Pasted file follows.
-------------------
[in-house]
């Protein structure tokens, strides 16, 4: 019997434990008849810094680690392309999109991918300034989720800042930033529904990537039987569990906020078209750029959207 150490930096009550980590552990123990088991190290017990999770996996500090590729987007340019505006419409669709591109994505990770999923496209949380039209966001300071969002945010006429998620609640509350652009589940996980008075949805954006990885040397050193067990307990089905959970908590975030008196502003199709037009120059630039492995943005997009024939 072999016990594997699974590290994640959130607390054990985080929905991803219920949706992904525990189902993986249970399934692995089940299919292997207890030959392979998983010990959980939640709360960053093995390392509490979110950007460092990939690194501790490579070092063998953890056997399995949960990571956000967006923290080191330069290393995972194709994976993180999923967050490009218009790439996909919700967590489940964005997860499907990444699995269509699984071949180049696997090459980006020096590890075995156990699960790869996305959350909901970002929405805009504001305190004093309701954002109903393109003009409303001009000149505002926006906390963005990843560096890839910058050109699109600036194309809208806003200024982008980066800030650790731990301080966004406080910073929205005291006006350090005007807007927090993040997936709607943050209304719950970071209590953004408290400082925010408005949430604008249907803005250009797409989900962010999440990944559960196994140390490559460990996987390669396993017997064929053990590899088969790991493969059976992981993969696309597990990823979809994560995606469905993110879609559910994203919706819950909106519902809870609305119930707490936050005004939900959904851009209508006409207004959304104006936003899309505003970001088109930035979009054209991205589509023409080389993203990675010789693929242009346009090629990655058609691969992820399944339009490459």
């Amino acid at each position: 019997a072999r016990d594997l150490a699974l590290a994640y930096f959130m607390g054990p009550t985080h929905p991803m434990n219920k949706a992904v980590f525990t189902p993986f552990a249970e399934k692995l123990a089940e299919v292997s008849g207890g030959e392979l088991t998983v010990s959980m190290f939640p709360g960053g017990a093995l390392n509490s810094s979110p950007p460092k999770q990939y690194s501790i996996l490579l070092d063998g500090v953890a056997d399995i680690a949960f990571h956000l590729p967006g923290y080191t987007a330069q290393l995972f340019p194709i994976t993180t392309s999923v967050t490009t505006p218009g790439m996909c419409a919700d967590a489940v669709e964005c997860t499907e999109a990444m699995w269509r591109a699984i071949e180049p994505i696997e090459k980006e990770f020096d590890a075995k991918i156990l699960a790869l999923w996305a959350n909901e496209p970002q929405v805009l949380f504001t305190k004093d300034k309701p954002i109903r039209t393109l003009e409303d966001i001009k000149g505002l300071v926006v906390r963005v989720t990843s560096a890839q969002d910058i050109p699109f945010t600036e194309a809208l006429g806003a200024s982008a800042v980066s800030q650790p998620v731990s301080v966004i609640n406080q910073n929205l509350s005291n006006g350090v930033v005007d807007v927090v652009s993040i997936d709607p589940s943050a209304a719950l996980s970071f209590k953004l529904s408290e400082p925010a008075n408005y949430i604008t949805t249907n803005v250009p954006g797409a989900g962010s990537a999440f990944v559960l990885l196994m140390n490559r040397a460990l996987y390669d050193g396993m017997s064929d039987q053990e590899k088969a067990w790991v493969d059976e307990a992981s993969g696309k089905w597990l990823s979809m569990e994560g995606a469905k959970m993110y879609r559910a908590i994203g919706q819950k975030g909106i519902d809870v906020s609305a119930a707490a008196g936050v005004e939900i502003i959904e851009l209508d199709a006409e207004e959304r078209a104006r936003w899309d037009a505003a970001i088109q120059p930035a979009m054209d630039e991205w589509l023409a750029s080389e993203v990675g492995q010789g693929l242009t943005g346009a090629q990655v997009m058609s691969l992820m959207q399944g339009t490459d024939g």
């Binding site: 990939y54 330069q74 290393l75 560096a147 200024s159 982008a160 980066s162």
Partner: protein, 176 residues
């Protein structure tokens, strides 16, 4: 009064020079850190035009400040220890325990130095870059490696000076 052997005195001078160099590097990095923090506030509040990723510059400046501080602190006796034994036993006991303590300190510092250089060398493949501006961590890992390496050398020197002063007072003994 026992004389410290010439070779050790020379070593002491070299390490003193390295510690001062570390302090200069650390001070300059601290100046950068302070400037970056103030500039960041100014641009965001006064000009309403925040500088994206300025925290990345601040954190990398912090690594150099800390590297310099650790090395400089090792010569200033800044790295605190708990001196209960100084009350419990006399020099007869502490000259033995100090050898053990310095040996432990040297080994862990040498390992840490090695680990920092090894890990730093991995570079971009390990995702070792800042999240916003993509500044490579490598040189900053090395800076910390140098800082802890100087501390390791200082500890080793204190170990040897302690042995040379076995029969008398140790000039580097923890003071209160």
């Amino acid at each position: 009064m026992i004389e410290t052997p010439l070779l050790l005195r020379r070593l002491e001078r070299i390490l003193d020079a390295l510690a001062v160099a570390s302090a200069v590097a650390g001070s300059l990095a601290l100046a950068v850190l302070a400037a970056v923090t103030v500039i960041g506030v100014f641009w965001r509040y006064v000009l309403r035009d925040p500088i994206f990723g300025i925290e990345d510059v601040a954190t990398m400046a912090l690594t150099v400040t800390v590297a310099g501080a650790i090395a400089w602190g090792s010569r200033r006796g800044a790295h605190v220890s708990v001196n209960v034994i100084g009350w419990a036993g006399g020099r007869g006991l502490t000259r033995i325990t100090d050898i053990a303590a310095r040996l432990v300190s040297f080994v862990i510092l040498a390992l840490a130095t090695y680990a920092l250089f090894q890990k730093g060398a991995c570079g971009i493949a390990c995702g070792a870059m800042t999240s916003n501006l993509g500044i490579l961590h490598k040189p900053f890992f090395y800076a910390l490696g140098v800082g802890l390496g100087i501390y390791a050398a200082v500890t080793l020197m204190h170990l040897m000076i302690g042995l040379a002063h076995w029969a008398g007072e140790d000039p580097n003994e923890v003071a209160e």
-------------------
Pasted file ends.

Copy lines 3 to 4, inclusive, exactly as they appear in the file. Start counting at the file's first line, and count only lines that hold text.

């Amino acid at each position: 019997a072999r016990d594997l150490a699974l590290a994640y930096f959130m607390g054990p009550t985080h929905p991803m434990n219920k949706a992904v980590f525990t189902p993986f552990a249970e399934k692995l123990a089940e299919v292997s008849g207890g030959e392979l088991t998983v010990s959980m190290f939640p709360g960053g017990a093995l390392n509490s810094s979110p950007p460092k999770q990939y690194s501790i996996l490579l070092d063998g500090v953890a056997d399995i680690a949960f990571h956000l590729p967006g923290y080191t987007a330069q290393l995972f340019p194709i994976t993180t392309s999923v967050t490009t505006p218009g790439m996909c419409a919700d967590a489940v669709e964005c997860t499907e999109a990444m699995w269509r591109a699984i071949e180049p994505i696997e090459k980006e990770f020096d590890a075995k991918i156990l699960a790869l999923w996305a959350n909901e496209p970002q929405v805009l949380f504001t305190k004093d300034k309701p954002i109903r039209t393109l003009e409303d966001i001009k000149g505002l300071v926006v906390r963005v989720t990843s560096a890839q969002d910058i050109p699109f945010t600036e194309a809208l006429g806003a200024s982008a800042v980066s800030q650790p998620v731990s301080v966004i609640n406080q910073n929205l509350s005291n006006g350090v930033v005007d807007v927090v652009s993040i997936d709607p589940s943050a209304a719950l996980s970071f209590k953004l529904s408290e400082p925010a008075n408005y949430i604008t949805t249907n803005v250009p954006g797409a989900g962010s990537a999440f990944v559960l990885l196994m140390n490559r040397a460990l996987y390669d050193g396993m017997s064929d039987q053990e590899k088969a067990w790991v493969d059976e307990a992981s993969g696309k089905w597990l990823s979809m569990e994560g995606a469905k959970m993110y879609r559910a908590i994203g919706q819950k975030g909106i519902d809870v906020s609305a119930a707490a008196g936050v005004e939900i502003i959904e851009l209508d199709a006409e207004e959304r078209a104006r936003w899309d037009a505003a970001i088109q120059p930035a979009m054209d630039e991205w589509l023409a750029s080389e993203v990675g492995q010789g693929l242009t943005g346009a090629q990655v997009m058609s691969l992820m959207q399944g339009t490459d024939g």
């Binding site: 990939y54 330069q74 290393l75 560096a147 200024s159 982008a160 980066s162």